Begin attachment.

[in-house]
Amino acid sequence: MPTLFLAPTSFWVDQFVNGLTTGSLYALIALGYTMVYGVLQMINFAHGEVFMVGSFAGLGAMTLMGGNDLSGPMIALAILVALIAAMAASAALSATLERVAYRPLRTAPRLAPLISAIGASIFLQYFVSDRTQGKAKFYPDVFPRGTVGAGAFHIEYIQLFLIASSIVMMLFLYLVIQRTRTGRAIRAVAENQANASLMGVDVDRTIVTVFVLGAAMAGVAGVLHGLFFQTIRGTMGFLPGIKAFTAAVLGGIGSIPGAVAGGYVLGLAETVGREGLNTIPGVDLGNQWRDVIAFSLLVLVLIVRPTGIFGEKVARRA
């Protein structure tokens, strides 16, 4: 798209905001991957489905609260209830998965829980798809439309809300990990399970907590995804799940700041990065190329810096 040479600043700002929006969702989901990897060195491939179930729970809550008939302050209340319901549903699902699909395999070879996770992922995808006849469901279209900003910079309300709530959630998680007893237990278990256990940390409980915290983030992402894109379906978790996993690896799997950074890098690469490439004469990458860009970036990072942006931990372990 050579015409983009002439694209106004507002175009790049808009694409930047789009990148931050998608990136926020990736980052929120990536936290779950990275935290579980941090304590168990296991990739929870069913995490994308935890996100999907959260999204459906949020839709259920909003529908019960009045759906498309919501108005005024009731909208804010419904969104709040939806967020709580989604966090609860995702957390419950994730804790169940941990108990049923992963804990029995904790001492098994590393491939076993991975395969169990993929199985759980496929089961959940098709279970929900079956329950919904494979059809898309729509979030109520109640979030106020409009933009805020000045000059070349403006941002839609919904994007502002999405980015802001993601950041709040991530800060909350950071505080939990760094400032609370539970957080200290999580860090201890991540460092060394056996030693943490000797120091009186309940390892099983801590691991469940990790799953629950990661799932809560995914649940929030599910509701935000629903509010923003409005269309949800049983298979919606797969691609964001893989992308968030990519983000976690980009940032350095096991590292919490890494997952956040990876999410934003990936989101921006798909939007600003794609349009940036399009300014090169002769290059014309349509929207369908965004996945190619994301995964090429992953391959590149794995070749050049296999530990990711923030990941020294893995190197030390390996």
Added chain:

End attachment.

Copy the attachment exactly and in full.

[in-house]
Amino acid sequence: MPTLFLAPTSFWVDQFVNGLTTGSLYALIALGYTMVYGVLQMINFAHGEVFMVGSFAGLGAMTLMGGNDLSGPMIALAILVALIAAMAASAALSATLERVAYRPLRTAPRLAPLISAIGASIFLQYFVSDRTQGKAKFYPDVFPRGTVGAGAFHIEYIQLFLIASSIVMMLFLYLVIQRTRTGRAIRAVAENQANASLMGVDVDRTIVTVFVLGAAMAGVAGVLHGLFFQTIRGTMGFLPGIKAFTAAVLGGIGSIPGAVAGGYVLGLAETVGREGLNTIPGVDLGNQWRDVIAFSLLVLVLIVRPTGIFGEKVARRA
């Protein structure tokens, strides 16, 4: 798209905001991957489905609260209830998965829980798809439309809300990990399970907590995804799940700041990065190329810096 040479600043700002929006969702989901990897060195491939179930729970809550008939302050209340319901549903699902699909395999070879996770992922995808006849469901279209900003910079309300709530959630998680007893237990278990256990940390409980915290983030992402894109379906978790996993690896799997950074890098690469490439004469990458860009970036990072942006931990372990 050579015409983009002439694209106004507002175009790049808009694409930047789009990148931050998608990136926020990736980052929120990536936290779950990275935290579980941090304590168990296991990739929870069913995490994308935890996100999907959260999204459906949020839709259920909003529908019960009045759906498309919501108005005024009731909208804010419904969104709040939806967020709580989604966090609860995702957390419950994730804790169940941990108990049923992963804990029995904790001492098994590393491939076993991975395969169990993929199985759980496929089961959940098709279970929900079956329950919904494979059809898309729509979030109520109640979030106020409009933009805020000045000059070349403006941002839609919904994007502002999405980015802001993601950041709040991530800060909350950071505080939990760094400032609370539970957080200290999580860090201890991540460092060394056996030693943490000797120091009186309940390892099983801590691991469940990790799953629950990661799932809560995914649940929030599910509701935000629903509010923003409005269309949800049983298979919606797969691609964001893989992308968030990519983000976690980009940032350095096991590292919490890494997952956040990876999410934003990936989101921006798909939007600003794609349009940036399009300014090169002769290059014309349509929207369908965004996945190619994301995964090429992953391959590149794995070749050049296999530990990711923030990941020294893995190197030390390996």
Added chain: